Optimum temp >45oC

EXAMPLE: Bacillus stearothermophilus

Temperature and Growth

Page 13: Introduction to Food Safety and Microbiology to Food Safety and Microbiology 1 . ... Lecture 2 3 . Food Microbiology 4 . ... Predictive microbiology

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Low Temperatures

• Refrigeration (40-45oF) slows or stops bacterial growth

• Freezing stops bacterial growth

High Temperatures

• Heating (165oF or higher) destroys bacteria for

immediate service foods served in restaurants and

homes.

• Thermal processing of shelf stable foods (180 - 250oF)

destroys bacteria for longer shelf-life foods – temperature

dependent upon product acidity

• Low acid canned foods – inactivation of C. botulinum

Low and High Temperatures

Page 14: Introduction to Food Safety and Microbiology to Food Safety and Microbiology 1 . ... Lecture 2 3 . Food Microbiology 4 . ... Predictive microbiology

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Reproduction of Bacterial Cells

• Reproduced by division

• Referred to as “growth”

• Under optimum conditions a

cell divides every 20-30

minutes

Page 15: Introduction to Food Safety and Microbiology to Food Safety and Microbiology 1 . ... Lecture 2 3 . Food Microbiology 4 . ... Predictive microbiology

Growth of Bacteria

• Binary Fission

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Page 16: Introduction to Food Safety and Microbiology to Food Safety and Microbiology 1 . ... Lecture 2 3 . Food Microbiology 4 . ... Predictive microbiology

Controlling Growth

F – Food

A – Acidity

T – Temperature

T – Time

O – Oxygen

M – Moisture

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Page 17: Introduction to Food Safety and Microbiology to Food Safety and Microbiology 1 . ... Lecture 2 3 . Food Microbiology 4 . ... Predictive microbiology

Controlling Growth

Food – Nutrients Content

• For growth, microorganisms require the

following:

– Water

– Source of energy

– Source of nitrogen

– Vitamins & related growth factors

– Minerals

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Page 18: Introduction to Food Safety and Microbiology to Food Safety and Microbiology 1 . ... Lecture 2 3 . Food Microbiology 4 . ... Predictive microbiology

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Optimal pH for growth: 6.0 – 8.0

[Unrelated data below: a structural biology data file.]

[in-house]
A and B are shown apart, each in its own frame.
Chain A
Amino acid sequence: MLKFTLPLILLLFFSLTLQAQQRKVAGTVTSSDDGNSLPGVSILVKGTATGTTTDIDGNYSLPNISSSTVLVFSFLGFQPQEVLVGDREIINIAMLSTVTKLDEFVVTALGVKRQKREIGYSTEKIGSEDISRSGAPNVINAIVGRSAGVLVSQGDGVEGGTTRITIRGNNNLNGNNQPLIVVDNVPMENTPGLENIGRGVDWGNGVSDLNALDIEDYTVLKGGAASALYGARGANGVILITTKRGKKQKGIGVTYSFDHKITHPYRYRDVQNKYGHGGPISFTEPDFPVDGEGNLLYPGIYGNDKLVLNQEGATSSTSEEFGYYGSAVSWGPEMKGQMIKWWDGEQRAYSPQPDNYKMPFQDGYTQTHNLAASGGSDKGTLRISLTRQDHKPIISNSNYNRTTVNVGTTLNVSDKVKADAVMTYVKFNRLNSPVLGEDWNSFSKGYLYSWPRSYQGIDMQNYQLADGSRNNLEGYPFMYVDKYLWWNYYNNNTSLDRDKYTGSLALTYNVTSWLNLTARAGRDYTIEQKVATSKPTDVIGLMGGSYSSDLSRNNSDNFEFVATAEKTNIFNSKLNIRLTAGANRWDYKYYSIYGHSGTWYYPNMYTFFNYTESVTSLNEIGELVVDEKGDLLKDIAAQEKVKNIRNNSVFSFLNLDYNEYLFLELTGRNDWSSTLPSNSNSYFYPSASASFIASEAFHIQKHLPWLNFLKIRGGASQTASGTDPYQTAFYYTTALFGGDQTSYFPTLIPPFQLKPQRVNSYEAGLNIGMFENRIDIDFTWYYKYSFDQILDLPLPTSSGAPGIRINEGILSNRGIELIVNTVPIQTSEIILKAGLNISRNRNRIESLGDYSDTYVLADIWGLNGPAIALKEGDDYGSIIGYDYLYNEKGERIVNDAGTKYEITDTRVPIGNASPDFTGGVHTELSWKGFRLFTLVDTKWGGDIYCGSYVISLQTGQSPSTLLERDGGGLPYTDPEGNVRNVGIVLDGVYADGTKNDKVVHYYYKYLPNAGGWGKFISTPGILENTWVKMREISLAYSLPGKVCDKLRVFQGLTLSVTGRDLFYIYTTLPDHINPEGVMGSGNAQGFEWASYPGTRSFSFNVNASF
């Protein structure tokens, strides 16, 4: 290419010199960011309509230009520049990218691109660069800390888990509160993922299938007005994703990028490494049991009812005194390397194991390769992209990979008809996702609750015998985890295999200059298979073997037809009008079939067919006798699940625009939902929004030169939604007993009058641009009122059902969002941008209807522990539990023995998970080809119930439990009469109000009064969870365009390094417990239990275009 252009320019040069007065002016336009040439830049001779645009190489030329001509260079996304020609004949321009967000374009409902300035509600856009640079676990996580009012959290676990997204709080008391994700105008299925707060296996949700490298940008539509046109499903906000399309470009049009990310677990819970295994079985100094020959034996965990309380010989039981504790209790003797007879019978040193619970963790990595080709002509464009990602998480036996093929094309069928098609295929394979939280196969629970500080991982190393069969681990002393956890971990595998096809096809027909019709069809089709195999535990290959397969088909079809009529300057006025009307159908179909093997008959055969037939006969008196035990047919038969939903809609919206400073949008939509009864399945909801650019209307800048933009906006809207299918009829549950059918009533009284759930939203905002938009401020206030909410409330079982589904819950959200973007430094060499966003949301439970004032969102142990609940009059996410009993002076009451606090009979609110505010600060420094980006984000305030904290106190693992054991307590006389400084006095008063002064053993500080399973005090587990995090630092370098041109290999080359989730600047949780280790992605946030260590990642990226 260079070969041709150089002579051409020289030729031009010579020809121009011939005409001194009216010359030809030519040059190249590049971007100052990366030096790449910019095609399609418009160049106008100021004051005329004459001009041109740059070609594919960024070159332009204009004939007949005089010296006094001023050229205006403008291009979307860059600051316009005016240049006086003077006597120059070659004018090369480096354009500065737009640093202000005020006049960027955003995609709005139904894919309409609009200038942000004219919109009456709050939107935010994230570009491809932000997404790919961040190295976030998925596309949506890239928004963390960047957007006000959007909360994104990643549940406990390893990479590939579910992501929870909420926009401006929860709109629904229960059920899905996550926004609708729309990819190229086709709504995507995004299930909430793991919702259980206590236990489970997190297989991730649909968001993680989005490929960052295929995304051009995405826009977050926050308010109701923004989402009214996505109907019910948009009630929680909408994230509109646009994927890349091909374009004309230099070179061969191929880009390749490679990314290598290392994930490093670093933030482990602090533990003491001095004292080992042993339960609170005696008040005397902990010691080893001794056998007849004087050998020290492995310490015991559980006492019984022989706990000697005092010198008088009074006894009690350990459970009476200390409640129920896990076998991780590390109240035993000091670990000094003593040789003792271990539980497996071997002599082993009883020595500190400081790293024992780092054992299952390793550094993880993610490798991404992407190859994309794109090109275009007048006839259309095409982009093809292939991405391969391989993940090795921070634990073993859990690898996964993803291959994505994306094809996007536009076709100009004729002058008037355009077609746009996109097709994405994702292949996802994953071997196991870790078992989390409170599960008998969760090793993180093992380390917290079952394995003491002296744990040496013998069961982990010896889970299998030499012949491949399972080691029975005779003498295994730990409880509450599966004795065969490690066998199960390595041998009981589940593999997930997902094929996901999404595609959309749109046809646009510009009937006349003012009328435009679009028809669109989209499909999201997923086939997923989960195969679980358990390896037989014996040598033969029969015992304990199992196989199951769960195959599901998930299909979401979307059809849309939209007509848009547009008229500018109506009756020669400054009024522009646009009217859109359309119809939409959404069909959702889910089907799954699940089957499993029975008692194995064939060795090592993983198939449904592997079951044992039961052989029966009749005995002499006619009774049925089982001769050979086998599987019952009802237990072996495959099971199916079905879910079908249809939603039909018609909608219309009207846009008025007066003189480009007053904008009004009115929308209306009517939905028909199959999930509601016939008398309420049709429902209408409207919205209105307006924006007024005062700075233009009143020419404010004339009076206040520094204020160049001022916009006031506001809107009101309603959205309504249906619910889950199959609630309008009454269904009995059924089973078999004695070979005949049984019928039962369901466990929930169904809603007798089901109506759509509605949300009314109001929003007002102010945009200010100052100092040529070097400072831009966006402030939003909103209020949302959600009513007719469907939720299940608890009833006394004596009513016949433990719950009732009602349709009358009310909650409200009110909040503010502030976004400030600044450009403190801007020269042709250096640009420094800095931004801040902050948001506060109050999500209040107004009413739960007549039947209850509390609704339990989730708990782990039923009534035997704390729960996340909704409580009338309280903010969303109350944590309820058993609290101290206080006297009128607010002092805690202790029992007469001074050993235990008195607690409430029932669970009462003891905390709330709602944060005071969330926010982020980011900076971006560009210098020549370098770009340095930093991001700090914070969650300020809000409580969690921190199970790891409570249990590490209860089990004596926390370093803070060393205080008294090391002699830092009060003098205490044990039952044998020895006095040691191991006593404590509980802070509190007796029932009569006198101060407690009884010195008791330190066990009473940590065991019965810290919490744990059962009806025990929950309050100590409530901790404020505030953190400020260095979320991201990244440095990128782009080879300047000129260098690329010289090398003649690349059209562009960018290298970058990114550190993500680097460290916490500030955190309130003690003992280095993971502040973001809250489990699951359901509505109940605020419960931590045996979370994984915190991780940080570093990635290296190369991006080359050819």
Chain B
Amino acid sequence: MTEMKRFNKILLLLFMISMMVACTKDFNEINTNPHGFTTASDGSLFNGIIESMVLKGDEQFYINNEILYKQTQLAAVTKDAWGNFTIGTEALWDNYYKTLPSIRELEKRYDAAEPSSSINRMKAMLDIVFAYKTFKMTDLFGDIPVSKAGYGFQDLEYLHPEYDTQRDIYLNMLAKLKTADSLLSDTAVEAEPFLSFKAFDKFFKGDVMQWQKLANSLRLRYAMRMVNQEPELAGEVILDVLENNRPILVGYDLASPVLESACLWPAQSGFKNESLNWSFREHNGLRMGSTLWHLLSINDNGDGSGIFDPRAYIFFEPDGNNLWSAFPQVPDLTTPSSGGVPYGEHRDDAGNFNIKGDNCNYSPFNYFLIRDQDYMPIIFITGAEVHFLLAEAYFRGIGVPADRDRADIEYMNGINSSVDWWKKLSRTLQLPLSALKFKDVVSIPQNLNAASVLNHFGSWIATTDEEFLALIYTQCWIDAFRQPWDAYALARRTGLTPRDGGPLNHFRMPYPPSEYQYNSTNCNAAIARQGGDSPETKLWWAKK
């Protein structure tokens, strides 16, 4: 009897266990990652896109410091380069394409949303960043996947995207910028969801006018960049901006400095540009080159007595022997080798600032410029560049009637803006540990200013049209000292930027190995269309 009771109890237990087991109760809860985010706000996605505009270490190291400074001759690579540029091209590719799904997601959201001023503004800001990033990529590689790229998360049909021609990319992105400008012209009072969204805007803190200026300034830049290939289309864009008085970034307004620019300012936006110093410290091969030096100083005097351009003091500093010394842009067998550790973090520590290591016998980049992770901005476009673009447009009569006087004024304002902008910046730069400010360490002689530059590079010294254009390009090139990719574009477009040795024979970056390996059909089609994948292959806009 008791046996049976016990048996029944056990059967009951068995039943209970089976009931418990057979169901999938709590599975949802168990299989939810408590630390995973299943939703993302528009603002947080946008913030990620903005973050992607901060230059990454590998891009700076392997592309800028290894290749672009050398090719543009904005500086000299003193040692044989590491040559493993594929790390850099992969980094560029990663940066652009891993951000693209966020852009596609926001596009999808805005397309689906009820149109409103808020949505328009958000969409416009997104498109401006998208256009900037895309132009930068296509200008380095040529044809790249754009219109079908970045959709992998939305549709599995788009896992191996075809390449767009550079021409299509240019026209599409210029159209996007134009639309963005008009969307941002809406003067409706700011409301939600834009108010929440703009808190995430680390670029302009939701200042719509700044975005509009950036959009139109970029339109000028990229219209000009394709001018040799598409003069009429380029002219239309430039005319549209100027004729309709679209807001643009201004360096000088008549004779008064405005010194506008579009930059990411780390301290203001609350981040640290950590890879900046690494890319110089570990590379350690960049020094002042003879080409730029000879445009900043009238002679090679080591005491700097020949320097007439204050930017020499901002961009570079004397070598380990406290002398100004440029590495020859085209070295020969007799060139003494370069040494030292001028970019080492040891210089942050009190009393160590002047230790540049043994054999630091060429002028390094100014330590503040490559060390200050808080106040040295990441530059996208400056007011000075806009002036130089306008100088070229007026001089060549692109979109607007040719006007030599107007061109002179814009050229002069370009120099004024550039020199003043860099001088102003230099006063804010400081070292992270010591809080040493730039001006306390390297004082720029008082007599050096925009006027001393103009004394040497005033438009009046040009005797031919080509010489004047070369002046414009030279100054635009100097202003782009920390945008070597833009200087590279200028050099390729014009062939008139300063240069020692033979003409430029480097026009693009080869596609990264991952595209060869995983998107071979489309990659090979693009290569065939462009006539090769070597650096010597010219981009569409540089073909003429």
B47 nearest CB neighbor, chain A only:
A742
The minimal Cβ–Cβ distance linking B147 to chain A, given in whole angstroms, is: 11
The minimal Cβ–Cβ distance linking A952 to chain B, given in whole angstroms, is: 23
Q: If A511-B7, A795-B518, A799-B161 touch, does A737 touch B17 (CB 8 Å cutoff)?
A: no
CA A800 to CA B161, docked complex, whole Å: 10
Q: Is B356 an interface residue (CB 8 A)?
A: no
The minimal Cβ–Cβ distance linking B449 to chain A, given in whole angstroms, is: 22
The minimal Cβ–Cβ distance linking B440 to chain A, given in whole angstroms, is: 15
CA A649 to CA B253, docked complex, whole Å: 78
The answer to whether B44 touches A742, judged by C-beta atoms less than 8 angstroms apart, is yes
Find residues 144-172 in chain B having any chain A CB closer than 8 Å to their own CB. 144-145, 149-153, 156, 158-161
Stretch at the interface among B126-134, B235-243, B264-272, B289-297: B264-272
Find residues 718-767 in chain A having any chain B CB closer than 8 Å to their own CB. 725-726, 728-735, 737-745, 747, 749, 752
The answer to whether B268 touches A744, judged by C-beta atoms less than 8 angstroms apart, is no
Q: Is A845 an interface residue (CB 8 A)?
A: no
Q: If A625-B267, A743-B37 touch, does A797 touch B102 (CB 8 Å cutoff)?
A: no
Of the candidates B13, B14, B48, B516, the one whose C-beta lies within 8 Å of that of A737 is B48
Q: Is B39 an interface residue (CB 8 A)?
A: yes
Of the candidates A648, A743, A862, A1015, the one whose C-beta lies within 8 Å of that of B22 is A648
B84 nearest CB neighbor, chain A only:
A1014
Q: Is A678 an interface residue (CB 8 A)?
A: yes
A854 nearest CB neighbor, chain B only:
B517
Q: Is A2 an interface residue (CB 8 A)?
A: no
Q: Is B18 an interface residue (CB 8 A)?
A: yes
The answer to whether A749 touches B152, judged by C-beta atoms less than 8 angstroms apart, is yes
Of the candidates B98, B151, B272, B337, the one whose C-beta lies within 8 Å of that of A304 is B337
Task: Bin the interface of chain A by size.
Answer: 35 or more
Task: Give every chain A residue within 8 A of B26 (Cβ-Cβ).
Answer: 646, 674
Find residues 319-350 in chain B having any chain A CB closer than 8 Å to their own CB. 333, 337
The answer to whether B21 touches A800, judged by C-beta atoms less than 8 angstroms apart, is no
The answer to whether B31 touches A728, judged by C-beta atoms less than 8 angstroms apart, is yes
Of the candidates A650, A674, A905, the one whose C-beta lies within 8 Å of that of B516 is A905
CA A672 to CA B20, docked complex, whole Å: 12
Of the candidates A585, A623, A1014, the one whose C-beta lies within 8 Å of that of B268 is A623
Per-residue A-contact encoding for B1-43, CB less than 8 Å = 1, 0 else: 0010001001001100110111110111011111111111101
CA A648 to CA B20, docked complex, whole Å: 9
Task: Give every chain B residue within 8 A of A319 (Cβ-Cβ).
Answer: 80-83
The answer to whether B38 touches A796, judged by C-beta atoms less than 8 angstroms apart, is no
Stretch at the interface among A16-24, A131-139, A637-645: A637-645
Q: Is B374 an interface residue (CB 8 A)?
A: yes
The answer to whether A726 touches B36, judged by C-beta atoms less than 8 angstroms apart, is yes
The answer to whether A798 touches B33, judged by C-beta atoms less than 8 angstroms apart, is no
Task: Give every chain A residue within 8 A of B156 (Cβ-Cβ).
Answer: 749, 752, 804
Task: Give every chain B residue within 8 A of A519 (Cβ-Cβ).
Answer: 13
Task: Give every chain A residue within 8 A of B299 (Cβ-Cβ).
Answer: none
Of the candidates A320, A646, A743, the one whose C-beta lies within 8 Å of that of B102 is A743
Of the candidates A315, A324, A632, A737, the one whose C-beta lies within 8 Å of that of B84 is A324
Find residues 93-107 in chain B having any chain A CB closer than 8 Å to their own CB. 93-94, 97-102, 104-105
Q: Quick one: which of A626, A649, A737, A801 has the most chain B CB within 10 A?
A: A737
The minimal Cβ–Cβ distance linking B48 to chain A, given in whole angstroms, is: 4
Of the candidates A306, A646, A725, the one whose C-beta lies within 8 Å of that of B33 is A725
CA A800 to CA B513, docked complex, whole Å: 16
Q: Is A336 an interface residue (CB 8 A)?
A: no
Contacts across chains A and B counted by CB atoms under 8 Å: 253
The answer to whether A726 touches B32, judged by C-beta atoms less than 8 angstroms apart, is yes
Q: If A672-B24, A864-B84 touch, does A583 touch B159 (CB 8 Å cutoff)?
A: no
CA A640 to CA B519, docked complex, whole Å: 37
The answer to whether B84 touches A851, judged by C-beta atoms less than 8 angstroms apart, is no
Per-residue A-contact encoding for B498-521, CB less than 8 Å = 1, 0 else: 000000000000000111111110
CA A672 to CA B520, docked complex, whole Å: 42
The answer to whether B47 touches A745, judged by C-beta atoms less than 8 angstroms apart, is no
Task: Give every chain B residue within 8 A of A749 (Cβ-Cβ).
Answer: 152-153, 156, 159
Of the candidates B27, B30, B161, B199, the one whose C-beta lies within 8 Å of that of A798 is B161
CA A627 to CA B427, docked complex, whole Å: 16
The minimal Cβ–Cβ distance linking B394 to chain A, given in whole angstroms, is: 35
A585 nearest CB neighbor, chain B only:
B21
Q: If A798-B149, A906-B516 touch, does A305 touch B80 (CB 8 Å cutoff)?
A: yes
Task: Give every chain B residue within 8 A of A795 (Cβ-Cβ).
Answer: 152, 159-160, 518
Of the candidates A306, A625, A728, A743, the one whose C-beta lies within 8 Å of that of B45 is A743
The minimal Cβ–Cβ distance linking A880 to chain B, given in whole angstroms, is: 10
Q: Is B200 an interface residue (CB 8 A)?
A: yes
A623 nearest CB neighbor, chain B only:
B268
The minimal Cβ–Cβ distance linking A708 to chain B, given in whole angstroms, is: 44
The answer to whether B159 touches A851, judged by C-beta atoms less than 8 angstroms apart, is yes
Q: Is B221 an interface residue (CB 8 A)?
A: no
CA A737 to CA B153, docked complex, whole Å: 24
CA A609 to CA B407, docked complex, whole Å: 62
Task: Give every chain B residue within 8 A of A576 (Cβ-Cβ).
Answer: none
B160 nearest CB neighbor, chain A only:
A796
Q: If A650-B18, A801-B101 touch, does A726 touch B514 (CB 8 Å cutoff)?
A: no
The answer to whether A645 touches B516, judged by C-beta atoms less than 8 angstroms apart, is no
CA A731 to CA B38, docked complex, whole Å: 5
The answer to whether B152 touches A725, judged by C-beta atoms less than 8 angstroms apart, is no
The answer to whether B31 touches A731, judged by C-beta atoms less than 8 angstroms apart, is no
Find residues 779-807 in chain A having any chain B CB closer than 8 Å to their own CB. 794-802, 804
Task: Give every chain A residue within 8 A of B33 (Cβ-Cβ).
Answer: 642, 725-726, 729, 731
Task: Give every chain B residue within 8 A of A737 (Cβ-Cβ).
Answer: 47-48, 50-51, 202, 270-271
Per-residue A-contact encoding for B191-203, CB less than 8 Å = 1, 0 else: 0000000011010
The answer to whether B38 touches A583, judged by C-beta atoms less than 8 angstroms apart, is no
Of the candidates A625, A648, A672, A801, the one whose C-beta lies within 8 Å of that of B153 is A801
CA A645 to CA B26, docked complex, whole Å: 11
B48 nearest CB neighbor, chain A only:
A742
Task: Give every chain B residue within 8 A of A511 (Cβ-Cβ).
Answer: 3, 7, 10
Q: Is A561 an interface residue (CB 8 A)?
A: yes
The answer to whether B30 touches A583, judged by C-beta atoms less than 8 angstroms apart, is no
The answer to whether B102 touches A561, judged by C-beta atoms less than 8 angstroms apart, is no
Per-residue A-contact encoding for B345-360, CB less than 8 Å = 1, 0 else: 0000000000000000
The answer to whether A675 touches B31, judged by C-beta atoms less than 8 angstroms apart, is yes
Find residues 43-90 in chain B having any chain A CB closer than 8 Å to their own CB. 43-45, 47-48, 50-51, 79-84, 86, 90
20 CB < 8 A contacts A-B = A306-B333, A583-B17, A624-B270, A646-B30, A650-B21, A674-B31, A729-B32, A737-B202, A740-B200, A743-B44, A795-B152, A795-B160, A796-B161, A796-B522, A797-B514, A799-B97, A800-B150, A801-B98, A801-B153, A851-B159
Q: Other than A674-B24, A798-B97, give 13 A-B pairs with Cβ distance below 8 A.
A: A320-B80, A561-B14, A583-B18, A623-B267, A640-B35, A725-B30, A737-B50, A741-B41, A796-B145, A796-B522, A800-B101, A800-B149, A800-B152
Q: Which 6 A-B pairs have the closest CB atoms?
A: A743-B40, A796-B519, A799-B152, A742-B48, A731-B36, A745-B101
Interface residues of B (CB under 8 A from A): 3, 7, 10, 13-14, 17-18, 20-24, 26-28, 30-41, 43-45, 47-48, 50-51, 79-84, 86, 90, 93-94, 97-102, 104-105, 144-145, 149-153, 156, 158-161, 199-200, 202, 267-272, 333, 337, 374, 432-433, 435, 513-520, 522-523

Disease causing bacteria: 4.6 - 9.5

Spoilage bacteria: 1.5 - 9.5

Food Acidity

0 4.6 14 7

acidic basic

neutral

Page 19: Introduction to Food Safety and Microbiology to Food Safety and Microbiology 1 . ... Lecture 2 3 . Food Microbiology 4 . ... Predictive microbiology

pH – Growth Range in Foods

pH 0 1 2 3 4 5 6 7 8 9 10 11 12 13 14

Vibrio spp.

Campylobacter spp.

Molds

Yeasts

Lactic Acid Bacteria

Staphylococcus aureus

Salmonella spp.

Escherichia coli

Source: Jay, J.M. 1996.

Modern Food Microbiology 19

Page 20: Introduction to Food Safety and Microbiology to Food Safety and Microbiology 1 . ... Lecture 2 3 . Food Microbiology 4 . ... Predictive microbiology

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Page 21: Introduction to Food Safety and Microbiology to Food Safety and Microbiology 1 . ... Lecture 2 3 . Food Microbiology 4 . ... Predictive microbiology

Controlling Growth

T =Temperature

• Optimal Growth

– Thermophiles – like hot conditions

– Mesophiles – like warm conditions (around

body temperature)

– Psychrotrophs – can grow at refrigeration

temperatures

• Most pathogens are mesophiles

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Page 22: Introduction to Food Safety and Microbiology to Food Safety and Microbiology 1 . ... Lecture 2 3 . Food Microbiology 4 . ... Predictive microbiology

Temperature Classifications

*Based on optimum temperature for growth;

*Psychro=cold

*Meso = middle

*Thermo= warm

*Trophic =growing

*Duric=withstand

*Phil or philic-prefers or loves

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Page 23: Introduction to Food Safety and Microbiology to Food Safety and Microbiology 1 . ... Lecture 2 3 . Food Microbiology 4 . ... Predictive microbiology

Categories of Microbes Based on Temperature

Range

Image: Pearson Education Inc. (2004)

publishing as Benjamin Cummings

Page 24: Introduction to Food Safety and Microbiology to Food Safety and Microbiology 1 . ... Lecture 2 3 . Food Microbiology 4 . ... Predictive microbiology